Other information used to compare Texas services to other states was incorrect or appeared without context. Luke even seemed to suggest the information was willfully misinterpreted. In parts of the analysis, numbers provided by HHSC used the median, rather than the average, of therapy costs, allowing HHSC to entirely exclude the most high-priced therapy services from their analysis and thus give a false impression that Texas therapy services were significantly overpriced.
HHSC has seemed to put some of the blame for the cuts and the ensuing controversy on researchers at Texas A&M University, who provided some raw data about Medicaid services in other states to the agency, along with a private company called Truven Health Analytics. Throughout the budgetary and rate-setting process, the agency and members of the Legislature have characterized agency conclusions as an “A&M study,” giving an academic imprimatur to the cuts.
On Monday, the state’s lawyers offered testimony that suggested A&M had even been asked to perform an analysis on the effect of Medicaid cuts, then failed to follow through with it. But on Tuesday, representatives for A&M told the Texas Tribune that the state was flatly wrong — and that, in effect, the state had lied in court.
The state’s lethargic defense of the cuts, provided predominantly by Eugene Clayborn, an administrative lawyer with the Texas Attorney General’s Office, consisted mostly of asking witnesses to restate their prior testimony. The state’s position, remarkably, seemed to be that HHSC was not required to study the impact of cuts before implementing them.
Tuesday’s injunction halts the cuts for now and gives the state time to find an alternate solution, if it so chooses. It’s a victory for the therapists and relatives of special needs children who filed suit to stop the cuts, but Dena Dupuie, one of the plaintiffs, said the close call was cold comfort.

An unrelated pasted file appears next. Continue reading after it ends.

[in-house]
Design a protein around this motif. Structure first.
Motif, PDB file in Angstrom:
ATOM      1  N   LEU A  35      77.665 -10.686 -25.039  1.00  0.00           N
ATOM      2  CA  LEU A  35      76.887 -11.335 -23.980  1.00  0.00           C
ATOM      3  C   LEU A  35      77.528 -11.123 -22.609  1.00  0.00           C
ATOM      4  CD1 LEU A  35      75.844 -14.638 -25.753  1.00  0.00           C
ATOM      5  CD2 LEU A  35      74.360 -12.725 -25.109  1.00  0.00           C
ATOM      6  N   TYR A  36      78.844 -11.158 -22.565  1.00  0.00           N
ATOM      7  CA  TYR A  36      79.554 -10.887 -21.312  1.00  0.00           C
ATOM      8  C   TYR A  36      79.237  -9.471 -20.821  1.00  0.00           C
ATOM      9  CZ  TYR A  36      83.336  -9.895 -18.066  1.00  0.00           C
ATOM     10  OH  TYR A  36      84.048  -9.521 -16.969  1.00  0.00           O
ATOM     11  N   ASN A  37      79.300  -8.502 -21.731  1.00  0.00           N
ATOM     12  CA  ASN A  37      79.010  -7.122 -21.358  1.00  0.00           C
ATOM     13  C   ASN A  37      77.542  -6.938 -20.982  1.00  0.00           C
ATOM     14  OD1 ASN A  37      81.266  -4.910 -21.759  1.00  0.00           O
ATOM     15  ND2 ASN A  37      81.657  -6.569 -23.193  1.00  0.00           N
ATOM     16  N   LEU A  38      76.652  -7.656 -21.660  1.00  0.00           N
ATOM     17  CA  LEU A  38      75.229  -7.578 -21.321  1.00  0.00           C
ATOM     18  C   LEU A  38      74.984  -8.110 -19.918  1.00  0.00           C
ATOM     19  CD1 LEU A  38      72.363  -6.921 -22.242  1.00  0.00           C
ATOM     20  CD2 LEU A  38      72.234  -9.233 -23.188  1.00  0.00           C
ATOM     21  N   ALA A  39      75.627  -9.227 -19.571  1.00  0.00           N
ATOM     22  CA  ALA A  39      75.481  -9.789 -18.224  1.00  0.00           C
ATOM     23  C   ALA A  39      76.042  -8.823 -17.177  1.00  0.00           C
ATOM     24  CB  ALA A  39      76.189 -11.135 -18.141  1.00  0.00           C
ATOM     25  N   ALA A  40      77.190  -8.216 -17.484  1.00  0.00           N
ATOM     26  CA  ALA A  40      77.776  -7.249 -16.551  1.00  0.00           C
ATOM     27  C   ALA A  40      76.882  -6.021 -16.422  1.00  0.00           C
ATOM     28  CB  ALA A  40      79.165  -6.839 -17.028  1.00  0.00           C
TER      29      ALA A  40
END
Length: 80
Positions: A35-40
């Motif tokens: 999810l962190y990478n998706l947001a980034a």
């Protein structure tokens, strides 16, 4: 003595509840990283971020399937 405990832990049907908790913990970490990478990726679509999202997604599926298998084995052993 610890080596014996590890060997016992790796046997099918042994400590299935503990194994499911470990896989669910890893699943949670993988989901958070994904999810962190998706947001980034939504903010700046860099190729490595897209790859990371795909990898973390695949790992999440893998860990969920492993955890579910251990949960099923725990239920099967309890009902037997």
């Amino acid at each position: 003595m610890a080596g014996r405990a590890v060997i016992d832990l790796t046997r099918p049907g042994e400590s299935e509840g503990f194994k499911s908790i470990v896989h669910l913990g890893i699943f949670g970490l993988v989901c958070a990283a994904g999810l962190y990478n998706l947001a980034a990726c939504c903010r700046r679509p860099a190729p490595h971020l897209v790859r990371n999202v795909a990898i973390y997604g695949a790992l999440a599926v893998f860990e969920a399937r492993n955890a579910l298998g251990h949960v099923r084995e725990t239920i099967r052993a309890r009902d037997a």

“The evidence that came out during this trial is incredibly frightening — that HHSC would have pursued these cuts knowing full well that their own internal documentation says that it was going to brutally impact access to care,” she said. “I am not confident in the people that are making these decisions.”
Health care providers might not now be forced out of business after October 1, but she worried about the damage that the uncertainty might do to professional therapists as a whole. “I’m still nervous about what’s going to happen with these therapists,” she said. “I mean, are they going to see the writing on the wall?”
The state’s commitment to funding Medicaid, Dupuie said, seems to be in doubt, and health care providers, many of which operate with low profit margins, might judge the risk too much. One of her daughter’s therapists, who had been helping her deal with severe trauma issues, was no longer taking Medicaid, she said.
Another plaintiff gave testimony via telephone: Her daughter, who suffers from Rett syndrome, had been taken to the hospital the previous day. “Her whole body needs therapy to keep her from folding up and having contractions throughout her body,” she told the court. Any break in the provision of therapy services could have serious consequences for her health and future.
For years, Republican lawmakers in Texas have been asking the federal government for more control over the state’s Medicaid program, which operates under federal restraints. If the state hoped to demonstrate it had the competence to do so, the last several months have not been helpful to its cause. In court on Tuesday, it was clear that Texas has attempted to inflict grievous damage to the provision of crucial health care services in order to fund pet budget priorities at a very late stage in the budget process, and that it had based that decision on extremely bad math.To support journalism like this, donate to the Texas Observer.